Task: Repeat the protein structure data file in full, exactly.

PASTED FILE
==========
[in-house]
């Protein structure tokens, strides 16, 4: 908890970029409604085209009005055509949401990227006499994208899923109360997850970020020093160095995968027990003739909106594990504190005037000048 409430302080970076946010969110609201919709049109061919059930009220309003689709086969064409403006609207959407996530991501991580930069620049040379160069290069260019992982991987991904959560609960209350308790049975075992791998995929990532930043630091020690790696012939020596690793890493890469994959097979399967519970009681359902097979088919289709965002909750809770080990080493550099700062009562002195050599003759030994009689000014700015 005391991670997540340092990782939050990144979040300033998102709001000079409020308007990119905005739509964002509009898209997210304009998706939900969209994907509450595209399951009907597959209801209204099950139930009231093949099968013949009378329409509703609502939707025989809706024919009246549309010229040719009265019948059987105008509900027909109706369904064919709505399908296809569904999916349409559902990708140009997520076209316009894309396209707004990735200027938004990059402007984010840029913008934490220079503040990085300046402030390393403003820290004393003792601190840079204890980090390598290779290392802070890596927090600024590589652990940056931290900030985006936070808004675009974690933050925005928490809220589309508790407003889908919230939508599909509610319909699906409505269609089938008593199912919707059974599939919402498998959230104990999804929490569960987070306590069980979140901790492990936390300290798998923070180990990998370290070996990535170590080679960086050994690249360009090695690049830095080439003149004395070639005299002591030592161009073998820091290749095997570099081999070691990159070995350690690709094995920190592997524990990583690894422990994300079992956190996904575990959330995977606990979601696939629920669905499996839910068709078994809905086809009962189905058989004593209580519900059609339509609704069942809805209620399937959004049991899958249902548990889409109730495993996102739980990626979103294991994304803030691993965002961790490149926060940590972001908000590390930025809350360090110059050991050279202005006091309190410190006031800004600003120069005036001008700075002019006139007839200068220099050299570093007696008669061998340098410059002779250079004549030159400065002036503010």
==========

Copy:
[in-house]
């Protein structure tokens, strides 16, 4: 908890970029409604085209009005055509949401990227006499994208899923109360997850970020020093160095995968027990003739909106594990504190005037000048 409430302080970076946010969110609201919709049109061919059930009220309003689709086969064409403006609207959407996530991501991580930069620049040379160069290069260019992982991987991904959560609960209350308790049975075992791998995929990532930043630091020690790696012939020596690793890493890469994959097979399967519970009681359902097979088919289709965002909750809770080990080493550099700062009562002195050599003759030994009689000014700015 005391991670997540340092990782939050990144979040300033998102709001000079409020308007990119905005739509964002509009898209997210304009998706939900969209994907509450595209399951009907597959209801209204099950139930009231093949099968013949009378329409509703609502939707025989809706024919009246549309010229040719009265019948059987105008509900027909109706369904064919709505399908296809569904999916349409559902990708140009997520076209316009894309396209707004990735200027938004990059402007984010840029913008934490220079503040990085300046402030390393403003820290004393003792601190840079204890980090390598290779290392802070890596927090600024590589652990940056931290900030985006936070808004675009974690933050925005928490809220589309508790407003889908919230939508599909509610319909699906409505269609089938008593199912919707059974599939919402498998959230104990999804929490569960987070306590069980979140901790492990936390300290798998923070180990990998370290070996990535170590080679960086050994690249360009090695690049830095080439003149004395070639005299002591030592161009073998820091290749095997570099081999070691990159070995350690690709094995920190592997524990990583690894422990994300079992956190996904575990959330995977606990979601696939629920669905499996839910068709078994809905086809009962189905058989004593209580519900059609339509609704069942809805209620399937959004049991899958249902548990889409109730495993996102739980990626979103294991994304803030691993965002961790490149926060940590972001908000590390930025809350360090110059050991050279202005006091309190410190006031800004600003120069005036001008700075002019006139007839200068220099050299570093007696008669061998340098410059002779250079004549030159400065002036503010």